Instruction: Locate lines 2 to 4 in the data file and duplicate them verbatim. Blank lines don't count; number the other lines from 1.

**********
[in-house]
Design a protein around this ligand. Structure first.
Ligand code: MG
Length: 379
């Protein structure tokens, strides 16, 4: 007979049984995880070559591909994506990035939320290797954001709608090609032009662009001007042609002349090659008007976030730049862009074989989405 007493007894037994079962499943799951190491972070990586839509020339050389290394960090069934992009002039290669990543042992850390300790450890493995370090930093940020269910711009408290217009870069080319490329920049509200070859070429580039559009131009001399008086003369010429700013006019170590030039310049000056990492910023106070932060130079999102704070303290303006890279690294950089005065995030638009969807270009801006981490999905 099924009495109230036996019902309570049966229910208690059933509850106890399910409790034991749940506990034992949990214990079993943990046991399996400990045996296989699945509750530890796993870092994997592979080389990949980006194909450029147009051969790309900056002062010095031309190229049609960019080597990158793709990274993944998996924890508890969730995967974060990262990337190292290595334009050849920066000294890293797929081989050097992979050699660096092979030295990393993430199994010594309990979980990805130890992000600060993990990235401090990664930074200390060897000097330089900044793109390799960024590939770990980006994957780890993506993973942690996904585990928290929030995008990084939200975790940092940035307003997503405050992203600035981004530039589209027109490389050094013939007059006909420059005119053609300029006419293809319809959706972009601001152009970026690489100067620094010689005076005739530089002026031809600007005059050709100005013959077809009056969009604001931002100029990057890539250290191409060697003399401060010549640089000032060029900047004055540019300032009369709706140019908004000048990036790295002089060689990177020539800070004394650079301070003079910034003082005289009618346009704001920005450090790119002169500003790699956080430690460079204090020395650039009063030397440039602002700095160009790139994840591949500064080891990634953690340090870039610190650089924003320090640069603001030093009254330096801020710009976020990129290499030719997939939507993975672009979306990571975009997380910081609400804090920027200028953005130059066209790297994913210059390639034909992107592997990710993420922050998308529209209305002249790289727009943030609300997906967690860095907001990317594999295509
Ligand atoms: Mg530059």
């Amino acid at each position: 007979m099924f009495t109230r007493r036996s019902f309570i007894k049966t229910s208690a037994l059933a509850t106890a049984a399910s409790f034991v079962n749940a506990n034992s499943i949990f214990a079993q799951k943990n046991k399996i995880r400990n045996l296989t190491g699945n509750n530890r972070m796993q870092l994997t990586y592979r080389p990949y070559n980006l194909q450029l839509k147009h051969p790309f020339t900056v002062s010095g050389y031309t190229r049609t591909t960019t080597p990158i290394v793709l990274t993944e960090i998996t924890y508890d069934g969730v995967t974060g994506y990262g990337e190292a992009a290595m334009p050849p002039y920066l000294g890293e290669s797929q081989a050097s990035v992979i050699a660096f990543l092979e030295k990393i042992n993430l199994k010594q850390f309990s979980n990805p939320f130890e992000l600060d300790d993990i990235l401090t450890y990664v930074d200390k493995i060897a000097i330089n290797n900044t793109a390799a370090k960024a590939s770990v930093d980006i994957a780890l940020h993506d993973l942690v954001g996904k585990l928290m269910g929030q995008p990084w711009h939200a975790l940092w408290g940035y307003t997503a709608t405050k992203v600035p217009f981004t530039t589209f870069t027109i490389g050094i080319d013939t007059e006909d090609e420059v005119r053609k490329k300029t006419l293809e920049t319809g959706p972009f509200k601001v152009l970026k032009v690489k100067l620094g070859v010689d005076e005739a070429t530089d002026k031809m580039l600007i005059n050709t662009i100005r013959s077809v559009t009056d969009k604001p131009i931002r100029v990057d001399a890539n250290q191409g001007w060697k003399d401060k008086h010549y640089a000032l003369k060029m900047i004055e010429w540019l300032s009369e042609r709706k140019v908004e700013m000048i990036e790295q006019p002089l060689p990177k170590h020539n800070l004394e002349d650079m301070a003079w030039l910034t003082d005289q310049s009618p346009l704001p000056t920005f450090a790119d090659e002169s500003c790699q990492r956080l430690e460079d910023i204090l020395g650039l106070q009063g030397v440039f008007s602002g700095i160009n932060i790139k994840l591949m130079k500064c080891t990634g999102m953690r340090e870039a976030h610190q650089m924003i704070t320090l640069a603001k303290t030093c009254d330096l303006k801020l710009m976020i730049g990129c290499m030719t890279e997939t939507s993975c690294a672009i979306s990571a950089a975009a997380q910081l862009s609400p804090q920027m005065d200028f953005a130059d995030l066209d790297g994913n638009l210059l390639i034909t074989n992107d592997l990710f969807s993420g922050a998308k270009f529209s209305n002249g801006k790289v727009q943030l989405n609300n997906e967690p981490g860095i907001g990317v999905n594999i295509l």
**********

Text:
Design a protein around this ligand. Structure first.
Ligand code: MG
Length: 379